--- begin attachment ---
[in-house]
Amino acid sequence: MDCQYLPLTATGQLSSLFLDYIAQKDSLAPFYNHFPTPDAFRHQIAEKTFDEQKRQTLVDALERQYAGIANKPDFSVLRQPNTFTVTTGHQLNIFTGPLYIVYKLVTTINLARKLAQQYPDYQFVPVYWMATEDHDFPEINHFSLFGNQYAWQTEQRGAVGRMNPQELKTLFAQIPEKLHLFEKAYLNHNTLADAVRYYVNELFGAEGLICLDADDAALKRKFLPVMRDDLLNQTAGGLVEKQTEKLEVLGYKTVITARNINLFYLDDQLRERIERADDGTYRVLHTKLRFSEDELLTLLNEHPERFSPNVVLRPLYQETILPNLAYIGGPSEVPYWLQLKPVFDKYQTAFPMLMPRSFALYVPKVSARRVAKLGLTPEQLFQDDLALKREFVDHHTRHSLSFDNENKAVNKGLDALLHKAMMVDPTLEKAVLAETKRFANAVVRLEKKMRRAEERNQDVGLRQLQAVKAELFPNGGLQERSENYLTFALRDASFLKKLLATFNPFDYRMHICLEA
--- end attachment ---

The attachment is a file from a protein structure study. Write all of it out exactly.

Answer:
[in-house]
Amino acid sequence: MDCQYLPLTATGQLSSLFLDYIAQKDSLAPFYNHFPTPDAFRHQIAEKTFDEQKRQTLVDALERQYAGIANKPDFSVLRQPNTFTVTTGHQLNIFTGPLYIVYKLVTTINLARKLAQQYPDYQFVPVYWMATEDHDFPEINHFSLFGNQYAWQTEQRGAVGRMNPQELKTLFAQIPEKLHLFEKAYLNHNTLADAVRYYVNELFGAEGLICLDADDAALKRKFLPVMRDDLLNQTAGGLVEKQTEKLEVLGYKTVITARNINLFYLDDQLRERIERADDGTYRVLHTKLRFSEDELLTLLNEHPERFSPNVVLRPLYQETILPNLAYIGGPSEVPYWLQLKPVFDKYQTAFPMLMPRSFALYVPKVSARRVAKLGLTPEQLFQDDLALKREFVDHHTRHSLSFDNENKAVNKGLDALLHKAMMVDPTLEKAVLAETKRFANAVVRLEKKMRRAEERNQDVGLRQLQAVKAELFPNGGLQERSENYLTFALRDASFLKKLLATFNPFDYRMHICLEA